From Gaffes to GIFs: The Great Shift in Presidential Debate Strategy

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The candidates, campaigns, and pundits have dropped any pretense that the first presidential debate will be anything more than a reality show in which President Obama and Mitt Romney are competing to see who can avoid looking stupid -- not saying something stupid -- on TV. The fear is not that they'll misstate the size of the national debt, but that they'll roll their eyes when the other guy does. The candidates' most important and difficult task of the October 3 debate will be controlling their faces. The road to the White House is strewn with the battered bodies of candidates revealed on a national stage to be eye-rollers, sighers, and fast-blinkers. 

Both candidates are actually working to dumb their answers down. The president must "cut down his tendency to give long, substantive answers," Obama campaign spokesman Jen Psaki said. Romney's aide "calculated his words-per-minute rate in the primary campaign debates to break him of the habit of feeling that he needs to rattle off the most statistics," The New York Times reports. Their answers will instead be crafted to cause a negative emotion to appear on their opponents' faces. Romney's task, according to Politico's Darren Samuelsohn, is to look quick-witted and agile, which he was not during the Republican primary debates. Romney has memorized zingers, the Times reports, and they're intended to trick Obama into looking "smug or evasive."

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This is actually important, according to both science and pundits. PBS's Jim Lehrer, who'll moderate the first debate, said it will be, in part, about "presidential temperament." And on ABC's This Week Sunday, former adviser for George W. Bush Matthew Dowd warned that "Obama has got to be careful... that he doesn't come across as irritable, impatient, 'Why am I here?'… and performs well from a mannerism standpoint, because if he doesn't," Romney could pull within 1 percentage point of Obama in polls. Former presidential candidate Howard Dean agreed, saying, "The key to a debate... is to turn off the sound, watch the mannerisms. It's not what they say... It is their mannerisms. It's how they come across." 

Boston College psychophysiologist Joseph Tecce tells The Daily that he who blinks least wins the debate. A high blink-per-minute rate signals negative feelings. In 2008, John McCain blinked 100 times a minute, while Obama blinked 41 times a minute. Obama won. How do we know? Because people made GIFs of McCain blinking. For example:


Romney's smug-catcher strategy seems inspired by the 2008 Democratic debate, in which the moderator asked Hillary Clinton if she's likable. She said she thought so. Obama said, "You're likable enough, Hillary." He barely looked up while delivering his zing. It would have been a high-five moment if he were insulting a mean ex-girlfriend, but in a presidential debate, he looked like a huge jerk. See:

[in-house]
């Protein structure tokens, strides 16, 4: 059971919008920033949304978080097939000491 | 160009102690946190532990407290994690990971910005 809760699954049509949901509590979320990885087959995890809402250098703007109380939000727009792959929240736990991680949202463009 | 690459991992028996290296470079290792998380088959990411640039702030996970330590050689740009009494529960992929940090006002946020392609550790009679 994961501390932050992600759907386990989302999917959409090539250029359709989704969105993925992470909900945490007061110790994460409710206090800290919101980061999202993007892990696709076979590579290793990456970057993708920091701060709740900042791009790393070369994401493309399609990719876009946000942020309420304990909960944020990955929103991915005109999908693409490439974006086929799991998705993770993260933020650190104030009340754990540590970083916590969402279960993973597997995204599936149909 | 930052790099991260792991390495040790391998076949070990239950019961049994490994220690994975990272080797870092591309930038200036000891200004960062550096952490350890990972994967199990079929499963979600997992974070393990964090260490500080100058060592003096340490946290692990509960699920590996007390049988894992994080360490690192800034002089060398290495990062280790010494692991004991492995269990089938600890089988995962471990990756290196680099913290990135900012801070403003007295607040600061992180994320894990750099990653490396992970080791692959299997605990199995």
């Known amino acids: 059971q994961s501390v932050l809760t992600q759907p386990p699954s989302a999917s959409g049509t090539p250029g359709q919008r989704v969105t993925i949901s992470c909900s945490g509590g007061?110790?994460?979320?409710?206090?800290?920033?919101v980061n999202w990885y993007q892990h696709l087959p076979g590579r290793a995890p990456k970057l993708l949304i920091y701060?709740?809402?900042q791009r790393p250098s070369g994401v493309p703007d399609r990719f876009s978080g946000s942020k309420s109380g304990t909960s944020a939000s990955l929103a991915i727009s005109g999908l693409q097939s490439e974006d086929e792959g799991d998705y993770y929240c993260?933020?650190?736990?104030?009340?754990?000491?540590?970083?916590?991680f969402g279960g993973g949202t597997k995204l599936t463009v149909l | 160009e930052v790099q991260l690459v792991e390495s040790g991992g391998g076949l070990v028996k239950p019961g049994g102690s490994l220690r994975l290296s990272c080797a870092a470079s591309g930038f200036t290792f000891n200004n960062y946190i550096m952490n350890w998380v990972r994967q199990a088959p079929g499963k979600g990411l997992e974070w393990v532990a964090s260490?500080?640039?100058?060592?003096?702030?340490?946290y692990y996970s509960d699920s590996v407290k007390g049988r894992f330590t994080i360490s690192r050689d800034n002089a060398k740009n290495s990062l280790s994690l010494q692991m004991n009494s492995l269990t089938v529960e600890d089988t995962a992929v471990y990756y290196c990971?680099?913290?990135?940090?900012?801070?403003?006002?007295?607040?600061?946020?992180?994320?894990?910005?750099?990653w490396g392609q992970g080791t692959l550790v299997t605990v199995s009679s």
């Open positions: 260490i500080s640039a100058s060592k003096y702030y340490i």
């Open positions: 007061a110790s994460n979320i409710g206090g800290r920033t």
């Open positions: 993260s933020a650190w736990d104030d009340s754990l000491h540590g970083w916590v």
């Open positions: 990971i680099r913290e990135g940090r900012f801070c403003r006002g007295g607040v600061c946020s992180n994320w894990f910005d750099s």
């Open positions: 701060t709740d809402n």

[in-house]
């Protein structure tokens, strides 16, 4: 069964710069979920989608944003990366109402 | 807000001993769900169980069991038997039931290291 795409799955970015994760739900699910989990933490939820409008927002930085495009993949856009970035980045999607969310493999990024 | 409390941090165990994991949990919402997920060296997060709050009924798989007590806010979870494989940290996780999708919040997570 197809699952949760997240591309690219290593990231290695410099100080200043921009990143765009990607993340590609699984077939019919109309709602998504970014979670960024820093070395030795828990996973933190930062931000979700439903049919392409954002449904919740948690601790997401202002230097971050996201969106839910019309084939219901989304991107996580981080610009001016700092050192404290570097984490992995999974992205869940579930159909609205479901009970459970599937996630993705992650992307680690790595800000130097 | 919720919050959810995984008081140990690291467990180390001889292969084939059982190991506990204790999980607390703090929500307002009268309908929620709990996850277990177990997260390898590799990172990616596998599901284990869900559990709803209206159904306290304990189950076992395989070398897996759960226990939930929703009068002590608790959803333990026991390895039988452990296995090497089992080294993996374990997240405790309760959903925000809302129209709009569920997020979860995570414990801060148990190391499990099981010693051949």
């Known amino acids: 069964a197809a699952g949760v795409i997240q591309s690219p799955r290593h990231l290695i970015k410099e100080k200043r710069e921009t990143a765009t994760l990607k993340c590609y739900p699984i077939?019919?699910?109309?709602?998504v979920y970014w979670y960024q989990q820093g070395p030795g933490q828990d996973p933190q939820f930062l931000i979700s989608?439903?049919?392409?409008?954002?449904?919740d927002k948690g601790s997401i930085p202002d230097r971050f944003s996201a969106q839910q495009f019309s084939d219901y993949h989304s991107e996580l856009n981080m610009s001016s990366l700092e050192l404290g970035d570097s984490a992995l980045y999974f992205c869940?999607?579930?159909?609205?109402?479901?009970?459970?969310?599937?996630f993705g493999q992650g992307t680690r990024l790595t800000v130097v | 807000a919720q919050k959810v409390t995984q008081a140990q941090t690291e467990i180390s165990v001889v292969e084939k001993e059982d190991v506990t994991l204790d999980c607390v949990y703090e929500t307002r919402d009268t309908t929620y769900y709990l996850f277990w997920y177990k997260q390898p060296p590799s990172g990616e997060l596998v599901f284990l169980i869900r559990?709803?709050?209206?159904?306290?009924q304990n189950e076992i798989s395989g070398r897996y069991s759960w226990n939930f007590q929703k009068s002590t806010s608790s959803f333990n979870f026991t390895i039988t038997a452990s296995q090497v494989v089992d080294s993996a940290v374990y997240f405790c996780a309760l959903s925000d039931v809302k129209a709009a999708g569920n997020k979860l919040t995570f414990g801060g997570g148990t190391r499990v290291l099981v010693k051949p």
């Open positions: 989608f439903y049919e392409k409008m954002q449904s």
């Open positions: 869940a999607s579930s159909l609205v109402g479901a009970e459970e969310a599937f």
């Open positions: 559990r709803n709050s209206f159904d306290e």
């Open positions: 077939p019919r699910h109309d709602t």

But what raises the stakes is that all previous candidates who've been killed by GIF-worthy moments were killed before the total Internet dominance of GIFs. Dowd said Bush had looked annoyed he had to be on stage with John Kerry in 2004. After the debates, Kerry gained several percentage points in polls. In response, George Stephanopoulos said that in 2000, Al Gore's team thought he'd won the debate against George W. Bush, "but on mannerisms and the takeaway, he ended up losing." Donna Brazile, Gore's campaign manager, said, "Well, George, many of us remember the split-screen, and Al Gore was sitting there, rolling his eyes, perhaps, looking at George Bush, and basically, he started to sigh." She rolled her eyes to illustrate. We went back through the archives to illustrate, via GIFs, the real thing.

Gore sighing and eye rolling in the first debate:

Looking too cool for school:

In the third debate, Gore committed the unforgivable crime of nearly physically assaulting (walking up to) Bush to demand his position on something called "the Dingell-Norwood bill," an attack Bush deflected with a laser-guided bunker-busting nod. This is one of the most pivotal nods in American history.

In slow motion, you can fully appreciate the elegant economy of movement and precise timing of this nod.

That sound? That sound you hear is the cosmic echo of Al Gore's campaign imploding at that nod. (Gore won the popular vote.)

In 1992, as we all know, George H.W. Bush committed the suicidal act of looking at his watch:

Seriously, that is a legendary watch check. The Atlantic Wire, obviously, will be hoping and praying for any watch checks, nods, blinks, or sighs, and live-GIFing them if they happen Wednesday.

This article is from the archive of our partner The Wire.